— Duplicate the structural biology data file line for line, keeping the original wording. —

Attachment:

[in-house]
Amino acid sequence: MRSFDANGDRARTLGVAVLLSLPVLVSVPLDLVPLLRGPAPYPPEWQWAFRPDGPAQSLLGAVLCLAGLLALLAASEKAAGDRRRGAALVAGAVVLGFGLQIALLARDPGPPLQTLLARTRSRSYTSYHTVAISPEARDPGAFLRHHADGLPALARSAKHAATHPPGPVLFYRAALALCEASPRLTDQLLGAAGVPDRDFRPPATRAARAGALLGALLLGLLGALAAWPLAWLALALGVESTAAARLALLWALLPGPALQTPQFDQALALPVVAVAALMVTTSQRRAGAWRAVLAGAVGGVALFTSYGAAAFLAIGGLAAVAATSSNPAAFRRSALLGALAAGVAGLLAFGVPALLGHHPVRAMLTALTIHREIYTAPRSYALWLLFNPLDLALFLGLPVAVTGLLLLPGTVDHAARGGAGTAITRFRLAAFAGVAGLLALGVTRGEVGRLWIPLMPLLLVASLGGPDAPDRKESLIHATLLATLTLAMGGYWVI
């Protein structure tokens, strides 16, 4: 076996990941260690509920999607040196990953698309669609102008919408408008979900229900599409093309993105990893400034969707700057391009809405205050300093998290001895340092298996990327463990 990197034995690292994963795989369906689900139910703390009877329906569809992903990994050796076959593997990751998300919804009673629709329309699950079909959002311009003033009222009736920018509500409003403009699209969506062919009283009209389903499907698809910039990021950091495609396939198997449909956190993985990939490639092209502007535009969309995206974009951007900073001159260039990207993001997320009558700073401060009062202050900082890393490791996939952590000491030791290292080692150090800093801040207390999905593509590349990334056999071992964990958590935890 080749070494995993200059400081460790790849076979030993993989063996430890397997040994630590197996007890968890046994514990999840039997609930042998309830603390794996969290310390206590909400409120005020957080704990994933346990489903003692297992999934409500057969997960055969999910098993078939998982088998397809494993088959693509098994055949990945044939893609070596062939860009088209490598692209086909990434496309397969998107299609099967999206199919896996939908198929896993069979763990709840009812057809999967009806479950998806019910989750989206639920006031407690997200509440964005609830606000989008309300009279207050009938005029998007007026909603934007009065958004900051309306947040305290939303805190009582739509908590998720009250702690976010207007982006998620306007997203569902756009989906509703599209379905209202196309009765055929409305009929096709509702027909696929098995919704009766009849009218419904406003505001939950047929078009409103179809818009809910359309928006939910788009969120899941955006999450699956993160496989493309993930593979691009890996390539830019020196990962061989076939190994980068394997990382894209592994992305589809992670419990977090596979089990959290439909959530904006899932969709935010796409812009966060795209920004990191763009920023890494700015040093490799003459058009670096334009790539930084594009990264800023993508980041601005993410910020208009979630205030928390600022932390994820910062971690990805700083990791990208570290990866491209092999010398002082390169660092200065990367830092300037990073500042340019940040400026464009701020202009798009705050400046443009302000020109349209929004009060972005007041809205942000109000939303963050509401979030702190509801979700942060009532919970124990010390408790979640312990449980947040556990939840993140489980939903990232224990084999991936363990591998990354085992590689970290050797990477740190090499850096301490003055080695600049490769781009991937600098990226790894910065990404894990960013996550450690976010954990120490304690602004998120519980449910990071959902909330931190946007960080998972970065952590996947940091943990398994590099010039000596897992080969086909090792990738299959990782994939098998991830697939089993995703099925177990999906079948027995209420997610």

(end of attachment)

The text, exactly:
[in-house]
Amino acid sequence: MRSFDANGDRARTLGVAVLLSLPVLVSVPLDLVPLLRGPAPYPPEWQWAFRPDGPAQSLLGAVLCLAGLLALLAASEKAAGDRRRGAALVAGAVVLGFGLQIALLARDPGPPLQTLLARTRSRSYTSYHTVAISPEARDPGAFLRHHADGLPALARSAKHAATHPPGPVLFYRAALALCEASPRLTDQLLGAAGVPDRDFRPPATRAARAGALLGALLLGLLGALAAWPLAWLALALGVESTAAARLALLWALLPGPALQTPQFDQALALPVVAVAALMVTTSQRRAGAWRAVLAGAVGGVALFTSYGAAAFLAIGGLAAVAATSSNPAAFRRSALLGALAAGVAGLLAFGVPALLGHHPVRAMLTALTIHREIYTAPRSYALWLLFNPLDLALFLGLPVAVTGLLLLPGTVDHAARGGAGTAITRFRLAAFAGVAGLLALGVTRGEVGRLWIPLMPLLLVASLGGPDAPDRKESLIHATLLATLTLAMGGYWVI
């Protein structure tokens, strides 16, 4: 076996990941260690509920999607040196990953698309669609102008919408408008979900229900599409093309993105990893400034969707700057391009809405205050300093998290001895340092298996990327463990 990197034995690292994963795989369906689900139910703390009877329906569809992903990994050796076959593997990751998300919804009673629709329309699950079909959002311009003033009222009736920018509500409003403009699209969506062919009283009209389903499907698809910039990021950091495609396939198997449909956190993985990939490639092209502007535009969309995206974009951007900073001159260039990207993001997320009558700073401060009062202050900082890393490791996939952590000491030791290292080692150090800093801040207390999905593509590349990334056999071992964990958590935890 080749070494995993200059400081460790790849076979030993993989063996430890397997040994630590197996007890968890046994514990999840039997609930042998309830603390794996969290310390206590909400409120005020957080704990994933346990489903003692297992999934409500057969997960055969999910098993078939998982088998397809494993088959693509098994055949990945044939893609070596062939860009088209490598692209086909990434496309397969998107299609099967999206199919896996939908198929896993069979763990709840009812057809999967009806479950998806019910989750989206639920006031407690997200509440964005609830606000989008309300009279207050009938005029998007007026909603934007009065958004900051309306947040305290939303805190009582739509908590998720009250702690976010207007982006998620306007997203569902756009989906509703599209379905209202196309009765055929409305009929096709509702027909696929098995919704009766009849009218419904406003505001939950047929078009409103179809818009809910359309928006939910788009969120899941955006999450699956993160496989493309993930593979691009890996390539830019020196990962061989076939190994980068394997990382894209592994992305589809992670419990977090596979089990959290439909959530904006899932969709935010796409812009966060795209920004990191763009920023890494700015040093490799003459058009670096334009790539930084594009990264800023993508980041601005993410910020208009979630205030928390600022932390994820910062971690990805700083990791990208570290990866491209092999010398002082390169660092200065990367830092300037990073500042340019940040400026464009701020202009798009705050400046443009302000020109349209929004009060972005007041809205942000109000939303963050509401979030702190509801979700942060009532919970124990010390408790979640312990449980947040556990939840993140489980939903990232224990084999991936363990591998990354085992590689970290050797990477740190090499850096301490003055080695600049490769781009991937600098990226790894910065990404894990960013996550450690976010954990120490304690602004998120519980449910990071959902909330931190946007960080998972970065952590996947940091943990398994590099010039000596897992080969086909090792990738299959990782994939098998991830697939089993995703099925177990999906079948027995209420997610």